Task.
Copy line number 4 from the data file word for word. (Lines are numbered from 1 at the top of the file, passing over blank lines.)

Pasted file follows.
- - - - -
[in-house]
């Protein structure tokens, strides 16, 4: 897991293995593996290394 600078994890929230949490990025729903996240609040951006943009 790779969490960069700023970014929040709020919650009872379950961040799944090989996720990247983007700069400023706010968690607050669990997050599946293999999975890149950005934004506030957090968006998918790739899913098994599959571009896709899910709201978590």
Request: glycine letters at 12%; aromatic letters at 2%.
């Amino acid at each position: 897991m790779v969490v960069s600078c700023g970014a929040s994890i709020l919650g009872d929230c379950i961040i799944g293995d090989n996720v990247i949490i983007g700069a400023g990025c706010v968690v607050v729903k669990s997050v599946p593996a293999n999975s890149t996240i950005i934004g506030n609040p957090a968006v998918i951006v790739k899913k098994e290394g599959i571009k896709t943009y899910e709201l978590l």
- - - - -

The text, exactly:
């Amino acid at each position: 897991m790779v969490v960069s600078c700023g970014a929040s994890i709020l919650g009872d929230c379950i961040i799944g293995d090989n996720v990247i949490i983007g700069a400023g990025c706010v968690v607050v729903k669990s997050v599946p593996a293999n999975s890149t996240i950005i934004g506030n609040p957090a968006v998918i951006v790739k899913k098994e290394g599959i571009k896709t943009y899910e709201l978590l």